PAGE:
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I am overwhelmed. It doesn’t matter where I go or what I do, when I look around me I see a million plus one projects that I should be working on. The front yard needs weeding. The back yard needs watering. I need to go through the bag of clothes to be donated. I need to re-organize my kitchen cabinets, which resemble a war zone. I need to make laundry detergent, but I’m out of borax. I need to clean my garage, clean out the back seat of the car, answer my backlog of 300+ unread emails, finish painting the basement, clean up my desk…and on and on and on.

You know exactly what I mean, don’t you?

Everyday life can be totally overwhelming. I go to do the weeding but I need the wheelbarrow to carry away the debris, and it is buried beneath kids’ toys in the garage. I go to clean up the cabinets but I haven’t gotten to the store yet to get those organizers that will help it stay neat. I want to water the back garden but the hose was run over with a lawnmower and needs repair first. There are so many projects waiting for me, but something else always stands in the way. It leaves me and my ADHD in a frustrated heap, ready to cry, because I have such good intentions but no way to actually do it. At least, not up to my standards. “If it can’t be done right, I shouldn’t even attempt it.” That is what goes through my head. It’s just one more way I am failing at day to day life. I curl up in a little ball, dejected, and things only continue to spiral out of control.

The only problem is, it isn’t true. I’m not failing.

For a couple of years I worked with an excellent counselor about some issues in my life. My perfectionism and feelings of failure from failing to live up to it were key things we talked about. He introduced me to a radical new phrase: Consistently Adequate. My job wasn’t to create some perfect utopia for myself and my family. My job was to get through life, being consistently adequate. There would be times of great excellence and times where it would all fall apart, because THAT IS JUST LIFE. My goal was to consistently fall somewhere in the middle.

That’s where the Five Minute Principle has become revolutionary in my life. I may not have three hours to devote to clearing up the overgrown front yard or cleaning out the garage, but I can spend five minutes every morning doing it. I can do anything for five minutes! Every morning for the past four weeks as LittleMissSunshine boards the school bus, I pick up a pair of pruning shears, a spade and some gloves and I hack away at the front garden. I pile the debris in the corner of the yard, where no one can see it. I set my alarm for five minutes, and do what I can in that five minutes. It is AMAZING what I can get done in only five minutes! I have managed to get the jungle out front under control, transplant several hostas that needed moving, clear out the beds in the side garden and start on the bed against the garage that has been taken over by trumpet vines this summer. All in five minutes, every morning, for the past month. My goal isn’t to have a perfect garden, for I’m learning that isn’t possible in my life. My goal is a DONE garden. A garden that doesn’t attack people as they walk up to my house, isn’t overrun with trumpet vines, and a garden that I can continue to work on throughout the fall. One that I can sit and enjoy. First, I attack the mutant weeds the record heat has brought out of nowhere. Second, dividing and transplanting. Last, I will worry about mulching and feeding for the coming year. All without feeling overwhelmed, in only five minutes a day. After my five minutes I reward myself with half an hour of peace, a cup of coffee and the New York Times. Both activities feed my soul–I get the pride of knowing I’ve done what I can for the day to get things under control, and I get a set amount of time to feed my mind and just be quiet. Win-win!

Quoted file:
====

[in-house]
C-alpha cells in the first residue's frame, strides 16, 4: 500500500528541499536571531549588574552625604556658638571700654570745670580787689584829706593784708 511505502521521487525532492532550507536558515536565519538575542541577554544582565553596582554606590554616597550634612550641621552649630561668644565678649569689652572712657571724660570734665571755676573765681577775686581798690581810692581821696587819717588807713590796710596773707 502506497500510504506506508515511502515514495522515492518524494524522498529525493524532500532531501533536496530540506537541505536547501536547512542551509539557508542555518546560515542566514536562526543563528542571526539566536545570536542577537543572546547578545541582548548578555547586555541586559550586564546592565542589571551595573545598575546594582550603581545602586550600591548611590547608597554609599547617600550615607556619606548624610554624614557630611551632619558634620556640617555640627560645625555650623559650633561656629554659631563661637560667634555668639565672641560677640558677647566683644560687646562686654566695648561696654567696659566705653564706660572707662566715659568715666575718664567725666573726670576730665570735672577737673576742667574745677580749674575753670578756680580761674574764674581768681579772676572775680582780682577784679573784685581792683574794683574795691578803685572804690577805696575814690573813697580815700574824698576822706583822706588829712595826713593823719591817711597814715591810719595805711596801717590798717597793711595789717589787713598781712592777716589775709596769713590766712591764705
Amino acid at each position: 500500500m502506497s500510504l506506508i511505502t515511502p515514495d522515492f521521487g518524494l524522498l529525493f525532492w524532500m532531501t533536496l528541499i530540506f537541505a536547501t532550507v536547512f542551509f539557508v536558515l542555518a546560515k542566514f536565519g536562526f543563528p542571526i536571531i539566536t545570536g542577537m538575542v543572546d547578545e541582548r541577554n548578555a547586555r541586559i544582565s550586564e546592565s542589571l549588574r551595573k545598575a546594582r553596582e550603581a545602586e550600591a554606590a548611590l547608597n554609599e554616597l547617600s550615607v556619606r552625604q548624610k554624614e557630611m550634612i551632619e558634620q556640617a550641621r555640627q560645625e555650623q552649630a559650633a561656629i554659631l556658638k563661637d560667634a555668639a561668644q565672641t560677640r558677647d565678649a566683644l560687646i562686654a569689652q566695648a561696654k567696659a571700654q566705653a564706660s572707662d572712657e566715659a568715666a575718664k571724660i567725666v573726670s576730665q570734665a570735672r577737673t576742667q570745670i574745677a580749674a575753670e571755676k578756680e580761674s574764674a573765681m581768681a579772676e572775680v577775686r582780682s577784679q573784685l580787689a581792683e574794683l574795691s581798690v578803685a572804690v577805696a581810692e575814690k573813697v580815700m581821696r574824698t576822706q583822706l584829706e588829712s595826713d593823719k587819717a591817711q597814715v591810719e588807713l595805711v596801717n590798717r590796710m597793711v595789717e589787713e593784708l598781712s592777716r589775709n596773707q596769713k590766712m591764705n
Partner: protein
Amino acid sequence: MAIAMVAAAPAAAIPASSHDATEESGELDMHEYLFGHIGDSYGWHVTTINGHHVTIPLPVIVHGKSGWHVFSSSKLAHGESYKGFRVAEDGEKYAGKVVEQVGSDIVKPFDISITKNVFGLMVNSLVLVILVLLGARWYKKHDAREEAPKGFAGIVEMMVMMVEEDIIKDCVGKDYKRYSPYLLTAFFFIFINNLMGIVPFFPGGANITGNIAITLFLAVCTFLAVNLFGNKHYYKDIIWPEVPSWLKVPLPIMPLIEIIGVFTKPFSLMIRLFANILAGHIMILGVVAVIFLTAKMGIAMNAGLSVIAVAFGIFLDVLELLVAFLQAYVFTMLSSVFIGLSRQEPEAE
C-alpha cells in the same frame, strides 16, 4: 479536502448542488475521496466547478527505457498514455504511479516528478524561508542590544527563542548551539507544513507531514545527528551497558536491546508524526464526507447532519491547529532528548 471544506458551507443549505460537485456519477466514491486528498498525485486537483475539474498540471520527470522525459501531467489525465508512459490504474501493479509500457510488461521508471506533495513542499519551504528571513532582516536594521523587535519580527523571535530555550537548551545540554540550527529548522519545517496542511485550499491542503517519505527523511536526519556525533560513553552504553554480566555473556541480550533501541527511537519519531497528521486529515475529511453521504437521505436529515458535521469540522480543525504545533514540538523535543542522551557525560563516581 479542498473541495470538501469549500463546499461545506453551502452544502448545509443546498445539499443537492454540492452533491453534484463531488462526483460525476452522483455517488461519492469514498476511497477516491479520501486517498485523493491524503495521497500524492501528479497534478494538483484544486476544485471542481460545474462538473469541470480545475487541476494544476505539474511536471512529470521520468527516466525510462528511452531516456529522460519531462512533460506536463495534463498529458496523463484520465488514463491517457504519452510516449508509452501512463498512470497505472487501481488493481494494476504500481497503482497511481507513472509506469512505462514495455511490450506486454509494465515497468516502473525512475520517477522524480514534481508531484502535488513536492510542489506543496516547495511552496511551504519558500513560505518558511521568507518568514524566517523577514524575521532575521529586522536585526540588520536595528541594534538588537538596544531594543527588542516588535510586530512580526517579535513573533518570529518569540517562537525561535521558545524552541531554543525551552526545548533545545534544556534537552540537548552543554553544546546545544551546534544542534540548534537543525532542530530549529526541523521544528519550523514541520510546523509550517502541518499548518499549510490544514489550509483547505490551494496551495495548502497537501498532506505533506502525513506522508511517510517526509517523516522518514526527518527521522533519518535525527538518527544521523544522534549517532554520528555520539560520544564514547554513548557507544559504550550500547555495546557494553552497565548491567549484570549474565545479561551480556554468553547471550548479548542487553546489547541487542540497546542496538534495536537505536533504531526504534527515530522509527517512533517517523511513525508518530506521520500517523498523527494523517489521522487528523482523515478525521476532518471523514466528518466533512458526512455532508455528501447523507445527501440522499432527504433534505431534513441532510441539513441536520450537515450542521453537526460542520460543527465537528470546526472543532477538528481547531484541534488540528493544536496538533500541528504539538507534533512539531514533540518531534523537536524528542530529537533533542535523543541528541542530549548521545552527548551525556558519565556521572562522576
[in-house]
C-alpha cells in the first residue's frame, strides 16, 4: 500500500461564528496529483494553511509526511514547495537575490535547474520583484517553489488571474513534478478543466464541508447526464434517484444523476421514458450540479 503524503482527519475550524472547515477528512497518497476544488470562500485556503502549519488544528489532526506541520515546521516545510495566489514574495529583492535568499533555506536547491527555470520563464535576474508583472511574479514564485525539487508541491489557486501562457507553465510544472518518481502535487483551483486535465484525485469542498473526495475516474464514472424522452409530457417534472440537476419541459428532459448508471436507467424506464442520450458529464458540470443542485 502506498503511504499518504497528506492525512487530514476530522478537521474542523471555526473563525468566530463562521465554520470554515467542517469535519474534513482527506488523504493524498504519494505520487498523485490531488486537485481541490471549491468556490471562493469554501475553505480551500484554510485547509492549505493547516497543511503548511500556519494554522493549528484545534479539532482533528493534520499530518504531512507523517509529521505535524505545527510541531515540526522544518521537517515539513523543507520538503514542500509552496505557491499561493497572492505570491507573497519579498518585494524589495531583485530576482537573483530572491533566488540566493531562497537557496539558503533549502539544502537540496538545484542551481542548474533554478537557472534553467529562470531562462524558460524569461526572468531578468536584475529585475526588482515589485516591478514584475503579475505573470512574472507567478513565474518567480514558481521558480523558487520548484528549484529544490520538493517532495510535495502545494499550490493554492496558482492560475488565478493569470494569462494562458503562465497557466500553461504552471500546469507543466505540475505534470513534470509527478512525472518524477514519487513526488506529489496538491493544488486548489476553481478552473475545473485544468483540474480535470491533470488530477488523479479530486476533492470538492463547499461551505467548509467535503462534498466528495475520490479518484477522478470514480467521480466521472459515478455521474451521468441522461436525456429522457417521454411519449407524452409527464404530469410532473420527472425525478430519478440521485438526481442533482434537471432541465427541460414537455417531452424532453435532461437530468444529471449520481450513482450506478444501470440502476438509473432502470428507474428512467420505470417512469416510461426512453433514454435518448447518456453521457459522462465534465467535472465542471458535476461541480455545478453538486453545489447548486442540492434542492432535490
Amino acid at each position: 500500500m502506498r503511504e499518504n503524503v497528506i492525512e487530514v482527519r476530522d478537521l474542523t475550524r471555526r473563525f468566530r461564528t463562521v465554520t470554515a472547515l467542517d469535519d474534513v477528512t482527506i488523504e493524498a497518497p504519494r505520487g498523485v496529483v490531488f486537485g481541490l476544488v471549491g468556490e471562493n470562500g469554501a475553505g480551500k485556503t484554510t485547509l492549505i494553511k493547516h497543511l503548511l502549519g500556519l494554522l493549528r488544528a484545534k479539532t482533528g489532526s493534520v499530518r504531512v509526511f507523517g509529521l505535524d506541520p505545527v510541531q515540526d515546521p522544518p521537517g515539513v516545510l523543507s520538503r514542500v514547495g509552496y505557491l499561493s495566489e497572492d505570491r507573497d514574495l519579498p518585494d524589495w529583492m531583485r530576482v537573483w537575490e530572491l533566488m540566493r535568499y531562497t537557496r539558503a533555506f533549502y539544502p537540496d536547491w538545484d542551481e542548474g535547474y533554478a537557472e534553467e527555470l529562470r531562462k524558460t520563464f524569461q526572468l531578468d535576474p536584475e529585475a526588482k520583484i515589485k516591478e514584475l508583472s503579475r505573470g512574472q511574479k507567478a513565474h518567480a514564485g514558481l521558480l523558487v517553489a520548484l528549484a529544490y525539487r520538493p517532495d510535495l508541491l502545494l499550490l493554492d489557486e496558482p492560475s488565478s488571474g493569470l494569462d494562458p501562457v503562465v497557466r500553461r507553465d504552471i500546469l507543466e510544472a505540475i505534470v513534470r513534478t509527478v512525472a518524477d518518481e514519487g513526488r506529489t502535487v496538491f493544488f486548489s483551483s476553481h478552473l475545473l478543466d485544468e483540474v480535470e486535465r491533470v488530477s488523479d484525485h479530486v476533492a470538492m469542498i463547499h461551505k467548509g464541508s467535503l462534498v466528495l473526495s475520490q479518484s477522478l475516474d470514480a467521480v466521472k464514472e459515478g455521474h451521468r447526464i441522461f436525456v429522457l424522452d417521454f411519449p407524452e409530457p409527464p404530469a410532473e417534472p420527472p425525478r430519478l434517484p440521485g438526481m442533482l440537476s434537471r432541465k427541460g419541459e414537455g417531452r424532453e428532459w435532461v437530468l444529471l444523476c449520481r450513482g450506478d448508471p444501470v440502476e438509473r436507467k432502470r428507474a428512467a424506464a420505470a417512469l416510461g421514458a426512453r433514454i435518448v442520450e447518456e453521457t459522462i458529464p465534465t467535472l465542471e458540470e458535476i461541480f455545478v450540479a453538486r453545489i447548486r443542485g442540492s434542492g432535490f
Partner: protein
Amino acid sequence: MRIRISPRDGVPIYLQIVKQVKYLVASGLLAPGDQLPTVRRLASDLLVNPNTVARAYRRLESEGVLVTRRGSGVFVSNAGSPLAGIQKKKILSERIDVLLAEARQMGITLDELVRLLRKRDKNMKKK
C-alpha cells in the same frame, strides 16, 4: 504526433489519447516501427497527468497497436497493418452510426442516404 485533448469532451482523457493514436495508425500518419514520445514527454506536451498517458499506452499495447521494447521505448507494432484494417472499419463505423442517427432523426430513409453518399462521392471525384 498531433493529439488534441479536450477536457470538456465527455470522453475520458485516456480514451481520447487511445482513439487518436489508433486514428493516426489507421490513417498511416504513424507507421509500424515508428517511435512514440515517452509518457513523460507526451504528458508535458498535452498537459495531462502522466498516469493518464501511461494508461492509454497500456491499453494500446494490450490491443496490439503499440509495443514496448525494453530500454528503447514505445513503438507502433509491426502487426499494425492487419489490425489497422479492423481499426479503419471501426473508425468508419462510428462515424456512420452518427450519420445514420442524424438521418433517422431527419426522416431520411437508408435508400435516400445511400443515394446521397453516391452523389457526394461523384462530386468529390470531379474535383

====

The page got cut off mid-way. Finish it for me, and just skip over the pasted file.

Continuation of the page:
It has worked so well I have begun to bring it into my routine in the afternoons as well. For the five minutes before my daughter gets off the bus, I tidy something inside. Maybe it is tackling the pile of school papers that are already building up. Or maybe it is clearing out the top shelf in the coat closet. I’ve cleaned out the back seat of my truck, and I’ve sorted out my kitchen accessories drawer. Are they done perfectly? No. Are they ready for their magazine-perfect photo shoot? No freaking way. But they are tidy, I know where things are, and they aren’t threatening to explode on me anymore. Consistently adequate. That’s my goal, and I’m getting there!

One of the things that inspired me to adopt the Five Minute Principle is my exercise routine. Years ago I learned that I could do five to eight minutes of moderate exercise and still reap big rewards. I do a couple of mild strength training exercises every day, followed by some yoga stretches. It works really well at keeping my headaches and back problems at bay. And I don’t face the dread of having to beat myself up for an hour!

What in your life is overwhelming you? What would you like to have more of? There’s so many things the five minute principle could apply to! From cleaning, to gardening, to cooking, to exercise; reading the bible, praying, catching up with a friend…the list goes on and on! Let me offer one last piece of advice: if you’re anything like me, you will find a great idea and apply it to everything you do. Don’t do it with this. Yes, it works well. It can radically change your stress and chaos levels. But if you suddenly add five different five-minute routines to your day, you will get overwhelmed and quit, leaving you in a worse place than when you began. Slow and steady wins the race! Add one at a time, and make sure to allow plenty of time in there to feed your soul! That will do more to calm the chaos than any other thing you can do!


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